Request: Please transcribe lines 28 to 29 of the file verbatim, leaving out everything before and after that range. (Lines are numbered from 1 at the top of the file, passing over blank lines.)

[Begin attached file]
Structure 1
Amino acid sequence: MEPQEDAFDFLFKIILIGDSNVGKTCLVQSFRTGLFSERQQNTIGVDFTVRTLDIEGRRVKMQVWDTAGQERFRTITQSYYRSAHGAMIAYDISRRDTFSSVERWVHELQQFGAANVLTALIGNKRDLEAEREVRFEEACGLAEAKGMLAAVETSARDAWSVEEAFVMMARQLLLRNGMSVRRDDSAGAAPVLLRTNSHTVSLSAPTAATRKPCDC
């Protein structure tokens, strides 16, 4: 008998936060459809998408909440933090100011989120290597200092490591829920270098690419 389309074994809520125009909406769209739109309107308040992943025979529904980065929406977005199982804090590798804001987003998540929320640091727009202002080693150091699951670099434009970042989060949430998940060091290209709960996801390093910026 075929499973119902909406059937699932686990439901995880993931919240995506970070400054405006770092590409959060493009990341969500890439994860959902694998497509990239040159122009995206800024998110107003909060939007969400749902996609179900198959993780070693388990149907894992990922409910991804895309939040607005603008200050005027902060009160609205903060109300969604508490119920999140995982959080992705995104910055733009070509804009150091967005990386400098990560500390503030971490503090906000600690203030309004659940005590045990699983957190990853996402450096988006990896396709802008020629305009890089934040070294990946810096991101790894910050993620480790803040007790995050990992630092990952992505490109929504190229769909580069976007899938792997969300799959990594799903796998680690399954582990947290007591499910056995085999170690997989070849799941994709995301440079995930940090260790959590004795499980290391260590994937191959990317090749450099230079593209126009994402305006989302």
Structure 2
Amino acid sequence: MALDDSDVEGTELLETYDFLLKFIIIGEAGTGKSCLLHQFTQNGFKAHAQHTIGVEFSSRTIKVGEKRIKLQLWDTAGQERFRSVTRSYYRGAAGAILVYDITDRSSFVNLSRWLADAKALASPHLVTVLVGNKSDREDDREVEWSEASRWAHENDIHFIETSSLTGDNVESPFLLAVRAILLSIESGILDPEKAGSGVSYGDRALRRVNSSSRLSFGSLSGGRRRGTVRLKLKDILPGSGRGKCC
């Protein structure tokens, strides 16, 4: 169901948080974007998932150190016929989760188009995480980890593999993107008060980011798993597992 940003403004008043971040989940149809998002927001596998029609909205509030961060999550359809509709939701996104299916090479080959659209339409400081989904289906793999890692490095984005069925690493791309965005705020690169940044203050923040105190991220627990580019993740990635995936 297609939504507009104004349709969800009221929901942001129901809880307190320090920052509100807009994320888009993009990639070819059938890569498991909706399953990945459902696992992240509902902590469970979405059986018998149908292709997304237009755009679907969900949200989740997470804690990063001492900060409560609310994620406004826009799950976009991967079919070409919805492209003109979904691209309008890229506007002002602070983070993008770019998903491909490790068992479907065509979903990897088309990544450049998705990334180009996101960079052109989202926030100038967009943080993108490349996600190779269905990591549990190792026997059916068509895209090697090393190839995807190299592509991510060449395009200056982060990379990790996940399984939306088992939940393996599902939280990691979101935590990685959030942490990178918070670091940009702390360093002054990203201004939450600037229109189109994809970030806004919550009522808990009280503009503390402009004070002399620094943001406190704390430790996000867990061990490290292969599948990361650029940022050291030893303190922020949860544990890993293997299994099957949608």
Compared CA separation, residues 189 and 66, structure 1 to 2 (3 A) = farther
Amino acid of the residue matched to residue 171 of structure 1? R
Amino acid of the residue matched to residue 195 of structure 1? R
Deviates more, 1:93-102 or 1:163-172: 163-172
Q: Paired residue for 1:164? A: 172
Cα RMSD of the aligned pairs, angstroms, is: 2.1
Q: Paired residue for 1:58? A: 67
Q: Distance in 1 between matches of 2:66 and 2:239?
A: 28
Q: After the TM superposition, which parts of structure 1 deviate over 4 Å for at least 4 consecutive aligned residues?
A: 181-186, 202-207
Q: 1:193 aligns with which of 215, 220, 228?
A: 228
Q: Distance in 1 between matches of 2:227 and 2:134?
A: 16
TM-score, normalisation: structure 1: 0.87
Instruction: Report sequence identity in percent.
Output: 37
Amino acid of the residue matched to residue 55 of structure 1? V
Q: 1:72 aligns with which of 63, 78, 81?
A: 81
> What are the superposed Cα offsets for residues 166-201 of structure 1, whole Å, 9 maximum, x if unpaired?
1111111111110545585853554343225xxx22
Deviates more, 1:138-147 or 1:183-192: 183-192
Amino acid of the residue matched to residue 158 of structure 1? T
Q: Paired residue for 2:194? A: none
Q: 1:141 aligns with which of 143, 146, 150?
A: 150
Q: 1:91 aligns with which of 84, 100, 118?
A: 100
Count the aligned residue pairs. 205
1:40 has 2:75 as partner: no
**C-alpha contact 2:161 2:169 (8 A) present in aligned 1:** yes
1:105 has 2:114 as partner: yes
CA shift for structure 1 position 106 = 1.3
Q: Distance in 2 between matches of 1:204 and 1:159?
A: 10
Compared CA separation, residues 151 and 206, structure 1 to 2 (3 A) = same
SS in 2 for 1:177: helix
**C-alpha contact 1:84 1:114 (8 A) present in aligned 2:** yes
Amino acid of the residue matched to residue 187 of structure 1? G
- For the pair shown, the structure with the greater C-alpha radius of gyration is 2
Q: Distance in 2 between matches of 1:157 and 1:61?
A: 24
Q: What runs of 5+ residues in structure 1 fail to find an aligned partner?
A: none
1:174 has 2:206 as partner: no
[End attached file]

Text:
> What are the superposed Cα offsets for residues 166-201 of structure 1, whole Å, 9 maximum, x if unpaired?
1111111111110545585853554343225xxx22